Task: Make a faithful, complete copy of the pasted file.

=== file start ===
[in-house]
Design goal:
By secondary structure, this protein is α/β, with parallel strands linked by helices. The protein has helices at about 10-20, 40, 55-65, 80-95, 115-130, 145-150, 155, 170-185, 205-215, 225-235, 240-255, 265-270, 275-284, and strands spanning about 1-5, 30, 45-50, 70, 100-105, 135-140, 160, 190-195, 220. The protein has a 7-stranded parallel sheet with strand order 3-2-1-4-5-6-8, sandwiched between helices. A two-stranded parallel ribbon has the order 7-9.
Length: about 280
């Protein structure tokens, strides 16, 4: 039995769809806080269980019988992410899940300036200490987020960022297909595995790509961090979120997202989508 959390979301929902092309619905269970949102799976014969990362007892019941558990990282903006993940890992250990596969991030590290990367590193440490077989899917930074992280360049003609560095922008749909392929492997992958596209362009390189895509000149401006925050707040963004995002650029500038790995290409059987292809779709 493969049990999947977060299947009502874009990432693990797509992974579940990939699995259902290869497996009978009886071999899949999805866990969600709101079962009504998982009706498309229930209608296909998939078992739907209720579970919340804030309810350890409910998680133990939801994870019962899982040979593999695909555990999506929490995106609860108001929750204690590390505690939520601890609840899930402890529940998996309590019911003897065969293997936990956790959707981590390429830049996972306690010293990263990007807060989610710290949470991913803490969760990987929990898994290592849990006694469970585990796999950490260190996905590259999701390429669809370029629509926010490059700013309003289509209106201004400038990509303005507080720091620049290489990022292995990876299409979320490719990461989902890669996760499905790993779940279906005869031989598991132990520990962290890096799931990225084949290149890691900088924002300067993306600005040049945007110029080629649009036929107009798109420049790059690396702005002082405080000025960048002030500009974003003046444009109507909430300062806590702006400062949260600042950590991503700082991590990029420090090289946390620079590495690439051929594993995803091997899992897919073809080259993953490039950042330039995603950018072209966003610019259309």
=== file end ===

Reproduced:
[in-house]
Design goal:
By secondary structure, this protein is α/β, with parallel strands linked by helices. The protein has helices at about 10-20, 40, 55-65, 80-95, 115-130, 145-150, 155, 170-185, 205-215, 225-235, 240-255, 265-270, 275-284, and strands spanning about 1-5, 30, 45-50, 70, 100-105, 135-140, 160, 190-195, 220. The protein has a 7-stranded parallel sheet with strand order 3-2-1-4-5-6-8, sandwiched between helices. A two-stranded parallel ribbon has the order 7-9.
Length: about 280
């Protein structure tokens, strides 16, 4: 039995769809806080269980019988992410899940300036200490987020960022297909595995790509961090979120997202989508 959390979301929902092309619905269970949102799976014969990362007892019941558990990282903006993940890992250990596969991030590290990367590193440490077989899917930074992280360049003609560095922008749909392929492997992958596209362009390189895509000149401006925050707040963004995002650029500038790995290409059987292809779709 493969049990999947977060299947009502874009990432693990797509992974579940990939699995259902290869497996009978009886071999899949999805866990969600709101079962009504998982009706498309229930209608296909998939078992739907209720579970919340804030309810350890409910998680133990939801994870019962899982040979593999695909555990999506929490995106609860108001929750204690590390505690939520601890609840899930402890529940998996309590019911003897065969293997936990956790959707981590390429830049996972306690010293990263990007807060989610710290949470991913803490969760990987929990898994290592849990006694469970585990796999950490260190996905590259999701390429669809370029629509926010490059700013309003289509209106201004400038990509303005507080720091620049290489990022292995990876299409979320490719990461989902890669996760499905790993779940279906005869031989598991132990520990962290890096799931990225084949290149890691900088924002300067993306600005040049945007110029080629649009036929107009798109420049790059690396702005002082405080000025960048002030500009974003003046444009109507909430300062806590702006400062949260600042950590991503700082991590990029420090090289946390620079590495690439051929594993995803091997899992897919073809080259993953490039950042330039995603950018072209966003610019259309």